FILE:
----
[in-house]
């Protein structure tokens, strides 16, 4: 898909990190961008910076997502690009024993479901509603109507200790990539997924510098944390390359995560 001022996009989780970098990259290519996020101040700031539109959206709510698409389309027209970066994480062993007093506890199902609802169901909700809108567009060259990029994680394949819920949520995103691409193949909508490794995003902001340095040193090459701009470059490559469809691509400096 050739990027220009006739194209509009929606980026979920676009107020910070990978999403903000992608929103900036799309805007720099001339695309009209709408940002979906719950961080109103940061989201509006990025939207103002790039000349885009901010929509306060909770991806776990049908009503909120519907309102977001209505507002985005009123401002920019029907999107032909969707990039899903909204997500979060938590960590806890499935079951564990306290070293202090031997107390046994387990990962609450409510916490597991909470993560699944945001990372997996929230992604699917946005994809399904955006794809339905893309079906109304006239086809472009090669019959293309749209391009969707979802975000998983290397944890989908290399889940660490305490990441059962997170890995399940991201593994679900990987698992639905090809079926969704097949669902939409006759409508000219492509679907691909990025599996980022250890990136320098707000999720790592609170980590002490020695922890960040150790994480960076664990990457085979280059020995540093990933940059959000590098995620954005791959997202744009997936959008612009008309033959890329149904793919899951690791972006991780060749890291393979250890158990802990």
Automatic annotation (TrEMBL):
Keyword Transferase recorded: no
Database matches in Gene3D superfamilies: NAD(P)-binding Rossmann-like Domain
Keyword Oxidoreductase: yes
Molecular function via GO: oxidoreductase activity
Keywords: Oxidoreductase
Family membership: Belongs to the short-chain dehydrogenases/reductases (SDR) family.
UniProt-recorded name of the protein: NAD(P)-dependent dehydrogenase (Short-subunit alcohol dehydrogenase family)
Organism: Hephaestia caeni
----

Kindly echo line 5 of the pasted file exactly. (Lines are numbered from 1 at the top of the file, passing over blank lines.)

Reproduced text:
Database matches in Gene3D superfamilies: NAD(P)-binding Rossmann-like Domain